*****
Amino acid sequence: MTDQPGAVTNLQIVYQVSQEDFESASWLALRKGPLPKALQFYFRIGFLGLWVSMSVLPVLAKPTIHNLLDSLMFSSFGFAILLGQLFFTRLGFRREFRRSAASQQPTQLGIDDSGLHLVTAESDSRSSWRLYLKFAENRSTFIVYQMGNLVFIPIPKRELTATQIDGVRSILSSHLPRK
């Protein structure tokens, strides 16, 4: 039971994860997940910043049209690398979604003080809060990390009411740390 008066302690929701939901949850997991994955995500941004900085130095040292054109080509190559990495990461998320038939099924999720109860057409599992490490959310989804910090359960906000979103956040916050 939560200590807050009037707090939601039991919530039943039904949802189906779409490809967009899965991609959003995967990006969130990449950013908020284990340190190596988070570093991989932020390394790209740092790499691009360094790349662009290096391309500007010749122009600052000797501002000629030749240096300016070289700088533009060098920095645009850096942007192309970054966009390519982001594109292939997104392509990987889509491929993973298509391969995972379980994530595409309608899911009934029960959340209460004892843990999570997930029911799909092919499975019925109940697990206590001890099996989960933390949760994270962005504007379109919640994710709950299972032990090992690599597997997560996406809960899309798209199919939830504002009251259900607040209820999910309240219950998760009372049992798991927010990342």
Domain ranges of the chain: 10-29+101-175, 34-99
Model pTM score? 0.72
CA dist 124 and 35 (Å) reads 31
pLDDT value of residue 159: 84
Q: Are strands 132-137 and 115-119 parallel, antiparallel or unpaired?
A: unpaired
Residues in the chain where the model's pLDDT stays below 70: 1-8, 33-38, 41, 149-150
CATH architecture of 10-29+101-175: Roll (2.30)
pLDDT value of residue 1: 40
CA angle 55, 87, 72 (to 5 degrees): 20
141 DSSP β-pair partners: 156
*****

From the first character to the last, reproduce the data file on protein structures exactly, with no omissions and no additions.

Amino acid sequence: MTDQPGAVTNLQIVYQVSQEDFESASWLALRKGPLPKALQFYFRIGFLGLWVSMSVLPVLAKPTIHNLLDSLMFSSFGFAILLGQLFFTRLGFRREFRRSAASQQPTQLGIDDSGLHLVTAESDSRSSWRLYLKFAENRSTFIVYQMGNLVFIPIPKRELTATQIDGVRSILSSHLPRK
């Protein structure tokens, strides 16, 4: 039971994860997940910043049209690398979604003080809060990390009411740390 008066302690929701939901949850997991994955995500941004900085130095040292054109080509190559990495990461998320038939099924999720109860057409599992490490959310989804910090359960906000979103956040916050 939560200590807050009037707090939601039991919530039943039904949802189906779409490809967009899965991609959003995967990006969130990449950013908020284990340190190596988070570093991989932020390394790209740092790499691009360094790349662009290096391309500007010749122009600052000797501002000629030749240096300016070289700088533009060098920095645009850096942007192309970054966009390519982001594109292939997104392509990987889509491929993973298509391969995972379980994530595409309608899911009934029960959340209460004892843990999570997930029911799909092919499975019925109940697990206590001890099996989960933390949760994270962005504007379109919640994710709950299972032990090992690599597997997560996406809960899309798209199919939830504002009251259900607040209820999910309240219950998760009372049992798991927010990342």
Domain ranges of the chain: 10-29+101-175, 34-99
Model pTM score? 0.72
CA dist 124 and 35 (Å) reads 31
pLDDT value of residue 159: 84
Q: Are strands 132-137 and 115-119 parallel, antiparallel or unpaired?
A: unpaired
Residues in the chain where the model's pLDDT stays below 70: 1-8, 33-38, 41, 149-150
CATH architecture of 10-29+101-175: Roll (2.30)
pLDDT value of residue 1: 40
CA angle 55, 87, 72 (to 5 degrees): 20
141 DSSP β-pair partners: 156